You may wonder how playing with a rubber Gumby toy relates to real estate contract negotiations. In one word….Flexibility! When a buyer writes an offer on a home with multiple offers, the flexibility of the terms that the buyer can offer can have a profound affect on the seller’s final decision. The more flexible, the better the shot at getting the home…Go Pokey!
Make it as easy as possible, given your needs, for the seller to accept your offer. Find out as much information possible about the seller’s needs and how the offers will be presented by asking the seller’s agent. This is just plain common sense, but you would be surprised how many agents don’t take the time to talk to the seller’s agent. Examples of content related questions include: Does the seller want a quick or long close? Do they need a rent back? If so, for how long? Note: check with your lender to determine the length of rent back the lender will allow. Is the seller willing to allow you to have further inspections. Is the agent? Don’t be surprised if the agent recommends that his/her seller reject offers that request further inspections. This is short sighted advise, but it happens. I’ll address this topic in a later blog. If the seller is comfortable with allowing further inspections, is it likely that the other buyers will be waiving this right (ask).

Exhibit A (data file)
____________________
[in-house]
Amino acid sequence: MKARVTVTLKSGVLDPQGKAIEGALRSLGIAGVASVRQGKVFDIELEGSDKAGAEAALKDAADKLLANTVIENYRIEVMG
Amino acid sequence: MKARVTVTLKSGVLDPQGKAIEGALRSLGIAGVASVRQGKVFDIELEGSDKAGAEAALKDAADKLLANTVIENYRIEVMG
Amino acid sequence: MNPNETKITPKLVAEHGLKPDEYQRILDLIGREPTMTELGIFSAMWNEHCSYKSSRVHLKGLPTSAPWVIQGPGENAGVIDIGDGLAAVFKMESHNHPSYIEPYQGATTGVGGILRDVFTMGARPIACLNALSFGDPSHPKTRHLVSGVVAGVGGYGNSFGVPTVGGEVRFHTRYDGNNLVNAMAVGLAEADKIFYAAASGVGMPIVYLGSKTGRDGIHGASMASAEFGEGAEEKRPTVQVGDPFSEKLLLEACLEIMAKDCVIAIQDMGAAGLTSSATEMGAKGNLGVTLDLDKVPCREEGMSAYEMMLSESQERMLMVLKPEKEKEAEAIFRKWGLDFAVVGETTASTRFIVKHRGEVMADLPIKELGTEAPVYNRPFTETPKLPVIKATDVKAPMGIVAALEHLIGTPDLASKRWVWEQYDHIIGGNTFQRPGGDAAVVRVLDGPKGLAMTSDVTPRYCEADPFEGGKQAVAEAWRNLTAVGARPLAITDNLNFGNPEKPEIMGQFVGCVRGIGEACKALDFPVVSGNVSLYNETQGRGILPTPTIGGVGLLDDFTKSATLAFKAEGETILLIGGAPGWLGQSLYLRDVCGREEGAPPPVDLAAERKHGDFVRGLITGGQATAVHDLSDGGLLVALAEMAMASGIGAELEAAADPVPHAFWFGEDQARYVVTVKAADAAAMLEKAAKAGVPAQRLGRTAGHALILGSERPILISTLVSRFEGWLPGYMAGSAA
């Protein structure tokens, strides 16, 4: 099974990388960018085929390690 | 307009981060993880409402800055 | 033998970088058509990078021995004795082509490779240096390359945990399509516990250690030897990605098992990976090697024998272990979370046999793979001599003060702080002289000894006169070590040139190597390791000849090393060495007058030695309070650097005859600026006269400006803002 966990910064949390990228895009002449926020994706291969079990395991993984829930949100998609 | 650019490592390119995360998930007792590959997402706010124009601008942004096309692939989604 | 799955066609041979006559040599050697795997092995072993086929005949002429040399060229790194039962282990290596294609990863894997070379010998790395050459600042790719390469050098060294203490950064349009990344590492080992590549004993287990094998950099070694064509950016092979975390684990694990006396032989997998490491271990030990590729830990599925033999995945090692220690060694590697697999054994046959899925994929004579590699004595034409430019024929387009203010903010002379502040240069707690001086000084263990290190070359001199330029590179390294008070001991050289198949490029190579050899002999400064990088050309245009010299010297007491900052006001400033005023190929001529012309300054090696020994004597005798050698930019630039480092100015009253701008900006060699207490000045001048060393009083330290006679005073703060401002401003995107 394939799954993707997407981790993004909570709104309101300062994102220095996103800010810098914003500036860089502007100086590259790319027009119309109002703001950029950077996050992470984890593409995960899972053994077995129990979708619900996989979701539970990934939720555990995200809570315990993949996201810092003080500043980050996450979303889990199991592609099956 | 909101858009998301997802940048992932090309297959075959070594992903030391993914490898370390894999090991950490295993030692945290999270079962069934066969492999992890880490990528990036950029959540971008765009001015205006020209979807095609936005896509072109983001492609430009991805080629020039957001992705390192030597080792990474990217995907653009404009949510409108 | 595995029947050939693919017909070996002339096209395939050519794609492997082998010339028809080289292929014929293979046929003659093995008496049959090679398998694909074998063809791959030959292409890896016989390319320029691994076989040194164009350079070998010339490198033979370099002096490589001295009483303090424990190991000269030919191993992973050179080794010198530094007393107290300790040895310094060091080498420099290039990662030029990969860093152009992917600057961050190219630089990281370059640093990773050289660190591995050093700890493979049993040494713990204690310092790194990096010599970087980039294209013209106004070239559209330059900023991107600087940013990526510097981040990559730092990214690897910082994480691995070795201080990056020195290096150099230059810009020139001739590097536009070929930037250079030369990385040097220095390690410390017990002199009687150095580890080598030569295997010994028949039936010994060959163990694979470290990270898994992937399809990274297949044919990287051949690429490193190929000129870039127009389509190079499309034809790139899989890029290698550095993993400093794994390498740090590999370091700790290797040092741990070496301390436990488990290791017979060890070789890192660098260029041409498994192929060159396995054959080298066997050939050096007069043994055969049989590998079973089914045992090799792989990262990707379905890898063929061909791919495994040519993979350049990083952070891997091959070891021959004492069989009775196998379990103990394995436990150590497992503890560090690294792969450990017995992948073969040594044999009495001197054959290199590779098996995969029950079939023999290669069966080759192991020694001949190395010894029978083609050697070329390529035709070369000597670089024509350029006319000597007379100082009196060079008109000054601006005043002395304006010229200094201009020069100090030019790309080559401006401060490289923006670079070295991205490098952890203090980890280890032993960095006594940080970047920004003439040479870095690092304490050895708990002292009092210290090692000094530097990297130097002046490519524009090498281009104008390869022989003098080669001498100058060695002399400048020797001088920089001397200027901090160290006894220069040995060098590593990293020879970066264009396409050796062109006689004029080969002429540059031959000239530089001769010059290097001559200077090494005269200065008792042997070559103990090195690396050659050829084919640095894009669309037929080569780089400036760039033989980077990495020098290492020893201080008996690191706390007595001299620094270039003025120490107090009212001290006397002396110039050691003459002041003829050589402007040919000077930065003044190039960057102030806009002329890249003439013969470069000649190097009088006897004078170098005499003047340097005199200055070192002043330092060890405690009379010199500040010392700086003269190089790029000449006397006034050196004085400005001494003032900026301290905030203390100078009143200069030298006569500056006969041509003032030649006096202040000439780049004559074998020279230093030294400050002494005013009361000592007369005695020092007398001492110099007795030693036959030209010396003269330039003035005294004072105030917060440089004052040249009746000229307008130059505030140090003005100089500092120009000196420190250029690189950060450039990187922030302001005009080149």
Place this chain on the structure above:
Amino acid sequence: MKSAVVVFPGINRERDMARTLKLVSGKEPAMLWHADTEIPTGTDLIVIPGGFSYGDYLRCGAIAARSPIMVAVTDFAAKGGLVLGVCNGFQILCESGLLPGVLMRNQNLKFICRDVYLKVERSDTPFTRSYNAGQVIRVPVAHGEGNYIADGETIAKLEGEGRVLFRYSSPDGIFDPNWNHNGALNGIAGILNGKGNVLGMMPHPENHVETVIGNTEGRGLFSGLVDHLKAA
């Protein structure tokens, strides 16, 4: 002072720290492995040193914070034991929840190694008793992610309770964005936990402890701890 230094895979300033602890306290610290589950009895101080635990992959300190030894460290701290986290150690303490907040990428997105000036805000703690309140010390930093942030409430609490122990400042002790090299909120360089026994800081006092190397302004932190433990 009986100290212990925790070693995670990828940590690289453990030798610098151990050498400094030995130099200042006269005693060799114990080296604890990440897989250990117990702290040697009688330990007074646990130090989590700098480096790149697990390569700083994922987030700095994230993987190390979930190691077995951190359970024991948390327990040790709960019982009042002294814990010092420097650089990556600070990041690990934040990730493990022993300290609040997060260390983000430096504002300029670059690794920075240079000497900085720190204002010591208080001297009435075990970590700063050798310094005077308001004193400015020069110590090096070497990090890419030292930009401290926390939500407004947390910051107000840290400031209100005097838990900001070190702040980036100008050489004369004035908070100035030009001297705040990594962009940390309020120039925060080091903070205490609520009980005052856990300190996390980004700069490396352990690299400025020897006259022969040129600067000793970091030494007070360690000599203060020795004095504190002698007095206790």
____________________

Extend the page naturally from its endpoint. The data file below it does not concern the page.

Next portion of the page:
Some questions pertaining to the offer presentation could be: How many confirmed offers does the agent have in hand? FYI, some of these may turn out to be phantom offers. How many disclosures have been reviewed (since most agents put their clients disclosures online, this number is easily identified but can get lost in translation). Will the listing agent and/or his/her office be writing an offer on this property? If so, how will it be handled? Will the seller entertain sharp bids or relative offers? Back in 2000 these were very popular, but some questioned their legality and they became out of fashion. We are seeing a little resurgance in these types of offers recently. Lastly, and this is where experience really helps, what is the reputation of the listing agent? In short, if the agent is unethical, its likely your not going to get the house. This is a touchy subject but you can probably find in every real estate company, agents who live on the ethics edge. Most are good, but some cross those boundaries. And given a reduction in the overall number of homes sold this year, the climate is ripe for an increase in unethical behavior.
Lastly, and ending on a positive note, when your offer is presented, make sure you include all of the signed disclosures (including your agent’s due diligence inspection) that the seller has provided. This shows your serious intent on purchasing the home and will be appreciated by both the seller and his/her agent. It also increases the comfort level of the seller because in the seller’s eyes, you have reduced the odds of legally backing out of the contract.